In January, the Food and Drug Administration (FDA) approved sunitinib (Sutent) for treating gastrointestinal stromal tumor (GIST) in patients who develop resistance to or cannot tolerate primary treatment with imatinib (Gleevec). Final results from the trial that led to the approval appear in the October 14 issue of The Lancet.
The multicenter, randomized trial, led by Dr. George Demetri of the Dana-Farber Cancer Institute, was terminated early after a scheduled assessment of the data clearly favored sunitinib over placebo. The median time the disease took to progress for the sunitinib group was 27.3 weeks compared with 6.4 weeks for the placebo group. Patients in the sunitinib group had longer overall survival, even though the drug was available to all patients once GIST had progressed.
After the trial began, evidence emerged to suggest that discontinuing imatinib in patients with GIST may increase the risk of disease progression. But in the absence of a trial to directly compare sunitinib with the continuation of imatinib, "no definitive conclusion about the superiority of switching to sunitinib can be reached," the authors wrote. They point out, however, that progression-free survival obtained with sunitinib in this study (24.6 weeks) compared favorably with the overall benefits reported with escalation of imatinib (11.6 weeks).
"We can conclude that sunitinib is more effective than placebo in the treatment of imatinib-resistant GIST," wrote Dr. Heikki Joensuu of Helsinki University Central Hospital, Finland, in an accompanying editorial. "The benefits of sunitinib are, however, only moderate in this setting, and might have been less if imatinib had been continued in the control arm." Dr. Joensuu noted that several promising agents are being evaluated for treating GIST when the tumor no longer responds to imatinib, and these studies might bring further good news in the near future for patients with GIST.
Posttreatment fatigue is a common and debilitating side effect faced by many cancer survivors. A new study published in the October 20 Journal of Clinical Oncology reports that cognitive behavior therapy (CBT), a form of psychotherapy, can be an effective tool for fighting persistent posttreatment fatigue. This randomized, controlled trial was the first such trial to look at the management of postcancer fatigue.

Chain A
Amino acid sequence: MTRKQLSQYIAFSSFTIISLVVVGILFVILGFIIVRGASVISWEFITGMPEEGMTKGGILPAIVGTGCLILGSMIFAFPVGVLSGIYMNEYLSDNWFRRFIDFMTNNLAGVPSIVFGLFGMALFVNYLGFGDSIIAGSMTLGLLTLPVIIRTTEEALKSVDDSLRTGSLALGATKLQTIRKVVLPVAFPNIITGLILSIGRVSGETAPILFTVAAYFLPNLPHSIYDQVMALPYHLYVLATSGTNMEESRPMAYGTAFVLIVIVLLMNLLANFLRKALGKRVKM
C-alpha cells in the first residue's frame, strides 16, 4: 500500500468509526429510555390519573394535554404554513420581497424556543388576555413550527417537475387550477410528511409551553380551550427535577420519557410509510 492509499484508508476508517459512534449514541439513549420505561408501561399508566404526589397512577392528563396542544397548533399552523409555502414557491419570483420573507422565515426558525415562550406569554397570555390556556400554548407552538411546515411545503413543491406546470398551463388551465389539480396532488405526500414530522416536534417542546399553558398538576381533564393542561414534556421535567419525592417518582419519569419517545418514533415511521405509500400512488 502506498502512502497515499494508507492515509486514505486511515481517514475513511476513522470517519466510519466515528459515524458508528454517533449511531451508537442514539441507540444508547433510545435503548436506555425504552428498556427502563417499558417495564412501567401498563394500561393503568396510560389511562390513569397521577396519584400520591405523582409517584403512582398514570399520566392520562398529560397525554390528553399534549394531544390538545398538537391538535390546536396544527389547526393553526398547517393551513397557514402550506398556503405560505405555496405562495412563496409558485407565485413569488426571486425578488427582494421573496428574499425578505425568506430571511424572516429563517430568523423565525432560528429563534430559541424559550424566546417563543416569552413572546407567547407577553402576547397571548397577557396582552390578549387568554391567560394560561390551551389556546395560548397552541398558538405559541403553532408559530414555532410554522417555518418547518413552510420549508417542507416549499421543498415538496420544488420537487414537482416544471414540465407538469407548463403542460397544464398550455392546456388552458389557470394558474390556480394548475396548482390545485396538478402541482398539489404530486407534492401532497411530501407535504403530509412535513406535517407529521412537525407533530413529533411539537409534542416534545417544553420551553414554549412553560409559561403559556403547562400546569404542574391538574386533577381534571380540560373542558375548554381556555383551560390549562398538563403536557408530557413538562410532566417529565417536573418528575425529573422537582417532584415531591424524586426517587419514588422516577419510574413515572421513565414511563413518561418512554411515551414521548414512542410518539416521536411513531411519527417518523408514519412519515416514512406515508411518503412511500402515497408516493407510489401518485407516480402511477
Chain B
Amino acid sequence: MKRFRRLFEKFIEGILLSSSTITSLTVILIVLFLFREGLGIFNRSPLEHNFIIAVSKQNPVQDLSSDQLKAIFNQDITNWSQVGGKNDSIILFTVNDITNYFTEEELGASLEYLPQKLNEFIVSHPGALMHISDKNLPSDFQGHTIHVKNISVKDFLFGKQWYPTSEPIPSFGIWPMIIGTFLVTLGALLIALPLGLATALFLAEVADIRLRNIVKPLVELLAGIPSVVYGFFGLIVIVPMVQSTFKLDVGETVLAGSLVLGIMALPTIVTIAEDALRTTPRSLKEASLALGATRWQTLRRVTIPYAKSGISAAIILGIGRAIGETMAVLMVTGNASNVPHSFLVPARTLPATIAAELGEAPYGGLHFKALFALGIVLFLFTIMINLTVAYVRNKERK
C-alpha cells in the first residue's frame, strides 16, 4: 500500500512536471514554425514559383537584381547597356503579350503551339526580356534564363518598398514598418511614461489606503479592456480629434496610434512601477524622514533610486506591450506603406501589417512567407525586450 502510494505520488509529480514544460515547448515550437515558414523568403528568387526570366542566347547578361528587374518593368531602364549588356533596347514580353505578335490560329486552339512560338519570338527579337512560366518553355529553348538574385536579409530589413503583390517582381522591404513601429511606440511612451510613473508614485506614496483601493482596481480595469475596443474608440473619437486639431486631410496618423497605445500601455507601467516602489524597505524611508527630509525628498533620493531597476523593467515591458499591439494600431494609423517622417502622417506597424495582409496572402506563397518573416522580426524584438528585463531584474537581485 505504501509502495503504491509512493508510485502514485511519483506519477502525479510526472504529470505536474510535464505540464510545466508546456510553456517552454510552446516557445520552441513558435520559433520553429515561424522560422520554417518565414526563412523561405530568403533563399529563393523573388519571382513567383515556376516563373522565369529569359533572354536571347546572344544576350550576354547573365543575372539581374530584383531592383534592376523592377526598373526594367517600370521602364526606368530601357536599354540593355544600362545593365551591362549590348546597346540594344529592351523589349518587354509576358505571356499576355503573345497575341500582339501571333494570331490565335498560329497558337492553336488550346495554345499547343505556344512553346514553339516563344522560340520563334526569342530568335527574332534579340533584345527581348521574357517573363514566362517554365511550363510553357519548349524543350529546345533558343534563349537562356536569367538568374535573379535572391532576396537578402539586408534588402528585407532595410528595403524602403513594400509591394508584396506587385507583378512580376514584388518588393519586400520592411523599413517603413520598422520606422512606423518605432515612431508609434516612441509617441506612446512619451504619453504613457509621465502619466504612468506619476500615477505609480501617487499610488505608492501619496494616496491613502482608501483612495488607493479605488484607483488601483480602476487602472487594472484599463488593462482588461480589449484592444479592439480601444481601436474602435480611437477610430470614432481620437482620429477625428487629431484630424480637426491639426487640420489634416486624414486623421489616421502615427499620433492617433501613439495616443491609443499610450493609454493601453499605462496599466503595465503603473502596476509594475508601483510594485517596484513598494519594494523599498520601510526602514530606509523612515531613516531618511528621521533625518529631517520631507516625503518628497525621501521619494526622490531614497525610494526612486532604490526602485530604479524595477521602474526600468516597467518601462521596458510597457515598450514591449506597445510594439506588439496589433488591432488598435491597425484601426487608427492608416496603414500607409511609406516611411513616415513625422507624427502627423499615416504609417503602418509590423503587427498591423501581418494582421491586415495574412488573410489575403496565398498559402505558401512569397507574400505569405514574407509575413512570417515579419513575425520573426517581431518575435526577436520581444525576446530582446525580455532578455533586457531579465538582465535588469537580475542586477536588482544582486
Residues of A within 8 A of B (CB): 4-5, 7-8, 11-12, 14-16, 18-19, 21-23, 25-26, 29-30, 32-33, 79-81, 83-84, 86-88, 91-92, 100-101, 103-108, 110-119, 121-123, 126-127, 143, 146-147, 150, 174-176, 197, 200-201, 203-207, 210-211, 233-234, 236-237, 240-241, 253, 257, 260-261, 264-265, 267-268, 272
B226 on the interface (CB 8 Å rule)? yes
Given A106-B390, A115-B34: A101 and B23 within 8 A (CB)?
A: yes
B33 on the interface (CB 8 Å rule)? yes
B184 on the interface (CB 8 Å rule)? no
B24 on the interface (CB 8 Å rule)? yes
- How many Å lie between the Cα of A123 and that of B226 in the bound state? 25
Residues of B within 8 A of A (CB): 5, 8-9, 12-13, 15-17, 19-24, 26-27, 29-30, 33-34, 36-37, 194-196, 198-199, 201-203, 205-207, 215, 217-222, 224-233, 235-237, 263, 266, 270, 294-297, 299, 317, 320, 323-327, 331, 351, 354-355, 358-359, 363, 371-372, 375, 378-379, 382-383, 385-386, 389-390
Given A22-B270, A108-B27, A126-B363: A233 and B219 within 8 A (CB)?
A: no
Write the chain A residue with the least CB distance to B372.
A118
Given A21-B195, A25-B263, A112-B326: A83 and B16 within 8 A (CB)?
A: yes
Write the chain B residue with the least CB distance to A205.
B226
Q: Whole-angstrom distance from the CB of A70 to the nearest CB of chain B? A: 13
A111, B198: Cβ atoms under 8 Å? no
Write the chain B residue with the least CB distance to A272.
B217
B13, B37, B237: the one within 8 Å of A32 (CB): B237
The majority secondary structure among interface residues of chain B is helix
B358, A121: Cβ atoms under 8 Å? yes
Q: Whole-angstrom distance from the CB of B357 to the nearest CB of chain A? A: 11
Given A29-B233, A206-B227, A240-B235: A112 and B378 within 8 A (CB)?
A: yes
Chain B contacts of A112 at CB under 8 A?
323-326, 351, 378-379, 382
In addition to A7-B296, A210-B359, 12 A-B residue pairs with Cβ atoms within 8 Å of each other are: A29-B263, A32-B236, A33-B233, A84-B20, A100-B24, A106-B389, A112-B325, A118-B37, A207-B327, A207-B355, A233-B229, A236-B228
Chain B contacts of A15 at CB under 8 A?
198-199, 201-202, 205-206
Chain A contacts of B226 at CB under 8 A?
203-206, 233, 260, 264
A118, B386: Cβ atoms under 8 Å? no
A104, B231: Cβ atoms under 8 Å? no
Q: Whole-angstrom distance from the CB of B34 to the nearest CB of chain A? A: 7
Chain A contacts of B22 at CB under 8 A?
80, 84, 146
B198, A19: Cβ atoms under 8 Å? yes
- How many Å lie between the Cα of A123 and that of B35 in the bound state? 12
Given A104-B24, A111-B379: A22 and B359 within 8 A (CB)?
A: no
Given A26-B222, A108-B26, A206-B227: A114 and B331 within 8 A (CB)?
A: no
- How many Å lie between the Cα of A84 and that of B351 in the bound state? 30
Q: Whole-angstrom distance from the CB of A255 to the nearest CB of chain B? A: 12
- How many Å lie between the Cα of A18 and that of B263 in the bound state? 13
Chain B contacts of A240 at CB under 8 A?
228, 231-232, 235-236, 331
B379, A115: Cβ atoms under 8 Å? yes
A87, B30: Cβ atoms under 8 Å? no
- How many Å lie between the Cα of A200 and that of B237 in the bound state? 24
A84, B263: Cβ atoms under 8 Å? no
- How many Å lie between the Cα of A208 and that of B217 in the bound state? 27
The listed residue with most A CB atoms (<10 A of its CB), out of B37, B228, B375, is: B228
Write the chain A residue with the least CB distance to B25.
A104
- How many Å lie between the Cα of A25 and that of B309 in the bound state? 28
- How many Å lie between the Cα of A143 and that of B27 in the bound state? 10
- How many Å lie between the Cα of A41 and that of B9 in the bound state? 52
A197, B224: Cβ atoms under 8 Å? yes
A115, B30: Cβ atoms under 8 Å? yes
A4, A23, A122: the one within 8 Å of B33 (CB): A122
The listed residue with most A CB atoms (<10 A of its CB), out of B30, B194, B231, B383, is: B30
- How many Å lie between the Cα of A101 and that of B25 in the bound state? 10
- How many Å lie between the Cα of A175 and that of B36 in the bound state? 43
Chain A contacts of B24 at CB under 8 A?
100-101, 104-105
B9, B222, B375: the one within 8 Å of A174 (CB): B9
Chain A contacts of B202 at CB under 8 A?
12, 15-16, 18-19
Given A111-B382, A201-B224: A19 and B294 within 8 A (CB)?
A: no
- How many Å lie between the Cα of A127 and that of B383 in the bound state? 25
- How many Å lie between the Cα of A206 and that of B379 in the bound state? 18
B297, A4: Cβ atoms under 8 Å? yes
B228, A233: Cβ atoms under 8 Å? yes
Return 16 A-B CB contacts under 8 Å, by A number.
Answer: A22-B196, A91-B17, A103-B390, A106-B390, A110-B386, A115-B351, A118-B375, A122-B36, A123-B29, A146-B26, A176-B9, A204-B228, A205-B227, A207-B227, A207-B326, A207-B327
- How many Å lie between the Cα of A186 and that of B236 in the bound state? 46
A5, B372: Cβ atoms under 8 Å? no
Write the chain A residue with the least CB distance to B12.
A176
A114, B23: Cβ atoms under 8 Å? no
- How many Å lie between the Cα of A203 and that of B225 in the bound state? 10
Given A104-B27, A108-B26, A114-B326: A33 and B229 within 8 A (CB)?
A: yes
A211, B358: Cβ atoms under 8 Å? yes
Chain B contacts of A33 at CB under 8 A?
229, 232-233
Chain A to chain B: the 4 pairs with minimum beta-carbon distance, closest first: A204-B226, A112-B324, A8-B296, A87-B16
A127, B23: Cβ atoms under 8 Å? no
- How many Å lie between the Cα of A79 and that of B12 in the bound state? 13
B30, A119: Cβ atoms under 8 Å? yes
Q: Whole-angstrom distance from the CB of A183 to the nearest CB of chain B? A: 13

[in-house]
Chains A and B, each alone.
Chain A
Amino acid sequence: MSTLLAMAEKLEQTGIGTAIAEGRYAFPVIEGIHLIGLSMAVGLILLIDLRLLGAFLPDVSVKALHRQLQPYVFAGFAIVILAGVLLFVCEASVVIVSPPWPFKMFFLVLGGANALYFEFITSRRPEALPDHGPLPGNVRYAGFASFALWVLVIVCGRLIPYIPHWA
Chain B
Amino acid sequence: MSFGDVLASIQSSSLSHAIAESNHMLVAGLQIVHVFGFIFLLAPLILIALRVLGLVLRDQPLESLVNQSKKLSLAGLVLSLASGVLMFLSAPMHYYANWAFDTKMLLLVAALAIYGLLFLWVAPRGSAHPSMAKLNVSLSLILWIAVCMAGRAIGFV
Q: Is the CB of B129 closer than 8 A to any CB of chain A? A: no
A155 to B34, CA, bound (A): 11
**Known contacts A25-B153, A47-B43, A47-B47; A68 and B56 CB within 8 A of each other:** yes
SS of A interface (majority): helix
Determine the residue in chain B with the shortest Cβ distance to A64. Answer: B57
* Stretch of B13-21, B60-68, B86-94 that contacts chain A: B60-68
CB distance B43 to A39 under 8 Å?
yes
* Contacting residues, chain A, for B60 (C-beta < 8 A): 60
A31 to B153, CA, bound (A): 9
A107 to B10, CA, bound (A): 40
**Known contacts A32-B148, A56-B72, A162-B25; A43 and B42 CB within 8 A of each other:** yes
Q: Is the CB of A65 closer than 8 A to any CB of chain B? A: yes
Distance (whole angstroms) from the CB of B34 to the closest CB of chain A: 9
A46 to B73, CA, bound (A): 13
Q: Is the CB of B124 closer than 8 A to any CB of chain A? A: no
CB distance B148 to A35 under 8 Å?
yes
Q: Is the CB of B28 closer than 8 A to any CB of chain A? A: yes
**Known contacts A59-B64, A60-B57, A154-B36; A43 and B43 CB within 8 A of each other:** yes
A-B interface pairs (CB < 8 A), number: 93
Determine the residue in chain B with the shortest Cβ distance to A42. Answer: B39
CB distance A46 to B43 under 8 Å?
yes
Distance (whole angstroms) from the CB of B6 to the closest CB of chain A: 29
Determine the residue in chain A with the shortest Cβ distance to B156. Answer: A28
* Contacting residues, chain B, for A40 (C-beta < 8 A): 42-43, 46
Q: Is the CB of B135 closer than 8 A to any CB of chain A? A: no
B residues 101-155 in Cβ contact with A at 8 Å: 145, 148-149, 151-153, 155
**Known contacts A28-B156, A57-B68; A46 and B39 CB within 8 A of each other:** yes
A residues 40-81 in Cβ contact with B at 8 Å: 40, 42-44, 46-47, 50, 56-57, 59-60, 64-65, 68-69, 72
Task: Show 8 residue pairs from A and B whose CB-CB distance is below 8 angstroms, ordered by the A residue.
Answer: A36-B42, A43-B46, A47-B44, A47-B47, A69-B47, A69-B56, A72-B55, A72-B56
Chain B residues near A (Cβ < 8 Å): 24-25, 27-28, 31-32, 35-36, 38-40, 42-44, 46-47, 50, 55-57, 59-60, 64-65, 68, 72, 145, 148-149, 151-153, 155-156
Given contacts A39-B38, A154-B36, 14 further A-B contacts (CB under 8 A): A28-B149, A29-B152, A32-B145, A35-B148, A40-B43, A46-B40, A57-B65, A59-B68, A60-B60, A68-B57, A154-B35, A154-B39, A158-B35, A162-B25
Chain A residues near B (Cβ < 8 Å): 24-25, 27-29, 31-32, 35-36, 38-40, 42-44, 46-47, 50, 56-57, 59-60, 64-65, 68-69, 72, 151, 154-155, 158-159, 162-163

Ninety-eight eligible patients 65 years of age or younger who had persistent fatigue with no discernable physiologic cause and who had completed cancer treatment at least 1 year before the start of the study were randomly assigned to receive either CBT or assignment to a wait-list control group. CBT was tailored for each patient based on six identified perpetuating factors for postcancer fatigue: insufficient coping with the experience of cancer, fear of disease recurrence, dysfunctional cognitions concerning fatigue, dysregulation of sleep, dysregulation of activity, and low social support and negative social interactions.
Fatigue severity, functional impairment, and psychological stress were measured before and after therapy. Patients in the CBT group received an average of 12.5 sessions of therapy and experienced both statistically and clinically significant reductions in fatigue, functional impairment, and stress compared with the control group.
"The results show that CBT is successful in treating fatigue in cancer survivors," wrote the authors. Further studies are needed, they noted, to determine the usefulness of CBT in older survivors and in patients with tumor types not represented in this study, to control for the lack of human contact experienced by patients in the control group, and to quantify the long-term effects of CBT.
African American women with breast cancer who underwent a mastectomy and received either adjuvant or neoadjuvant systemic therapy were more likely to have larger, later stage tumors and lower survival rates than Hispanic and Caucasian women who received the same treatment, according to study results published online October 23 in Cancer.
Researchers at the University of Texas M.D. Anderson Cancer Center retrospectively analyzed data from two cohorts of patients who were treated prospectively in clinical trials at that institution between 1975 and 2000. The cohorts consisted of 1,456 women who were treated with doxorubicin-based chemotherapy following mastectomy (adjuvant therapy) and 684 women who were treated with doxorubicin-based chemotherapy before mastectomy (neoadjuvant therapy).
African American women treated with adjuvant chemotherapy had a 10-year overall survival rate of 52 percent, while Hispanic and Caucasian women had a survival rate of 62 percent. Similarly, African American women treated with neoadjuvant chemotherapy had a 10-year survival rate of 40 percent, compared with 56 percent for Hispanic and 50 percent for Caucasian women. More African American women treated with either adjuvant or neoadjuvant chemotherapy entered the clinical trials with later stage disease, tumors greater than 5 centimeters, and estrogen receptor-negative disease, which is considered more difficult to treat.
"These findings should prompt additional research on how we can improve outcomes for African American patients by understanding and addressing tumor biology," said lead author Dr. Wendy Woodward. "It's important to identify unique features in different populations and subgroups of all women with breast cancer so we can understand a woman's risk and factors that affect her care on an individual level."